Some opposition, but P&Z approves drop-in center for young adults in need of support
Bridges…A Community Support System plans to establish a young-adult drop-in center in an existing retail space at 570-572 Boston Post Road. The Planning and Zoning Board (P&Z) unanimously approved a special permit and site plan review for the project at its Sept. 1 meeting.
Ramico LLC is the property owner, listing Linda Meisenheimer of Milford as member and Richard Meisenheimer of Milford as agent.
The center will take over a retail space that was left vacant when a tae kwon do studio moved to another part of Milford. City Planner David B. Sulkis said the board had to vote on the plan because it involved a change in use for the site, which is located adjacent to the Milford Parkway exit ramp.
Debra Gannon, comprehensive care manager at Bridges, said the center is intended for young adults ages 17 to 25 as a place to find resources within the community. Gannon said people this age may not feel comfortable going to a mental health clinic, such as the one Bridges runs at 949 Bridgeport Avenue. She said counseling would not take place at the site.
“This is a brand new initiative,” she said. “It goes back to some of the tragedies that have occurred. We are looking to engage the youth of this age.”
Gannon said the center would be open Tuesdays to Saturdays from noon to 5 p.m. and would be supervised by a manager and peer staff. She said she would be there several times a week.
“It will not be a hang out area,” said Gannon. She said the site was chosen because it is on a bus line, saying that Connecticut Transit will stop anywhere along the Post Road.
“I don’t anticipate we will be working with a lot of youth who have a car,” said Gannon.
Bridges received a grant from the state Department of Mental Health and Addiction Services to pay for the program, said Gannon. She said there is unfortunately still a stigma for people seeking mental health services.
The lone person to speak in favor of the proposal was Ray Vitali, a member of the Bridges Board of Directors. Vitali said May is Mental Health Awareness Month and September is Suicide Prevention Month.
Vitali said that youth often do not get noticed “until they are seriously ill,” adding that adolescents and young adults are “markedly underserved” for such services. He said the impact of neuropsychological conditions exceeds all medication conditions.
“The earlier the intervention, the better the outcome,” said Vitali.
Two neighbors spoke in opposition to the location, saying it would result in traffic and parking problems on Roller Terrace, a dead end street behind the shopping center.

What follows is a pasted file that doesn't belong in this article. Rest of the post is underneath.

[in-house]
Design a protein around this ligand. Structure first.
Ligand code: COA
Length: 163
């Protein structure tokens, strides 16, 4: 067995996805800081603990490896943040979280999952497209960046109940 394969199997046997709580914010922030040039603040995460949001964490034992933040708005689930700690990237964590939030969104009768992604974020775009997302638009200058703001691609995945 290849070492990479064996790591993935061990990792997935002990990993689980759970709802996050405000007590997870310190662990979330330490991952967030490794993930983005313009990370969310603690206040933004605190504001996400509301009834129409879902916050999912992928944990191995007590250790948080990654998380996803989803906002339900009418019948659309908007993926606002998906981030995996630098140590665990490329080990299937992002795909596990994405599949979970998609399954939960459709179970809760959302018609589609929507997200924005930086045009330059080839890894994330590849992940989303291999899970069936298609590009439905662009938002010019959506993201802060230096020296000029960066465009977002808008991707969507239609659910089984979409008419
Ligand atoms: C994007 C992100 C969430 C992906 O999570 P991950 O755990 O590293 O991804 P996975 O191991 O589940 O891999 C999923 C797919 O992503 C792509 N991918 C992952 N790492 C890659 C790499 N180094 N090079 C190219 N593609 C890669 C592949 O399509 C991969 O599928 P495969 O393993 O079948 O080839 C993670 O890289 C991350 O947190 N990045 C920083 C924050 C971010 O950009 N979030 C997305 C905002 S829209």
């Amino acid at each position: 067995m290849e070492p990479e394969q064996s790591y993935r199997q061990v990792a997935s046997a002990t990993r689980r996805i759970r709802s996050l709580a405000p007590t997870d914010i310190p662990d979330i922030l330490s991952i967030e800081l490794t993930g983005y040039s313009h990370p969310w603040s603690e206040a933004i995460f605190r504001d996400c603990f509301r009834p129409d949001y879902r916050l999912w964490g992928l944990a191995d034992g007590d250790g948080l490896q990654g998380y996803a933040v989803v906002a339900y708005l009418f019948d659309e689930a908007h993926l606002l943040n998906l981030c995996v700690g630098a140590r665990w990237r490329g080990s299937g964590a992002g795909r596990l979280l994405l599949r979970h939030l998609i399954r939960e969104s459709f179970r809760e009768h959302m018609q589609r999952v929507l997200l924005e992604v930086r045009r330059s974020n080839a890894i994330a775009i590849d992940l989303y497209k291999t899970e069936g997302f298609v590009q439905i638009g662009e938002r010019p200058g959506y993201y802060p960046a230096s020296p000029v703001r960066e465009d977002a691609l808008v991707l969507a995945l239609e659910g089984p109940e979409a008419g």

Errol Van Hise of 42 Roller Terrace, who also owns retail property nearby, said he lives around the corner. Van Hise said, “There is no public transportation on this part of the Post Road.” He said the tae kwon do studio and other businesses have left due to lack of parking.
“They park in my shopping center,” said Van Hise.
Van Hise said there have been numerous motor vehicle accidents in front of this site. He said Bridges proposed renting one of his retail stores, but he said when he spoke to his tenants, “They told me they would leave if I rented to them [Bridges].
Van Hise also expressed concern that the youth “could cause all sorts of problems for the area” in using what he called the “dead space” behind the stores.
“I believe in the concept. It is something Milford will need, but it needs to be in a better location without the dead space where there will activity where people can’t see it,” said Van Hise.
Cheryl Roller of 53 Roller Terrace said she was opposed because she believed it would create “a lot of activity on our street.” Roller said her cousin has an office next door to the location, and said when people used the tae kwon do studio, “they parked in her parking lot.”
In response, Kevin Curseaden, attorney for Bridges, said he anticipated four to five young adults at a time. He said some would drive and some would get rides from friends.
“This is being staffed by professionals from Bridges,” said Curseaden. “I don’t know what would be less intense. Retail would be more intense.”
Responding to Curseaden, Van Hise asked, “Who’s going to monitor this place at 10 to 12 o’clock at night? There is very limited parking. I don’t want them parking on my property and my neighbor’s property.”
Curseaden said that Bridges has policies for the safety and security of its staff, and said that what Van Hise calls a “dead zone” is simply a parking lot.
Board member Thomas Nichol said he counted seven parking spaces behind the building. Nichol suggested installing motion-sensing lights that would illuminate if there were any activity there at night.
Board member Anthony Sutton said, “I believe this is a very beneficial use for this space,” and said he thought there would be more problems if the space were vacant.
Commenting on the application, board member Jeanne Cervin said, “I think this is a very important asset and resource for our city.”
Board member Jim Quish expressed a similar sentiment when he said, “Bridges is one of the best things this city has. We, as a city, should support their efforts to make this a safer and better city.”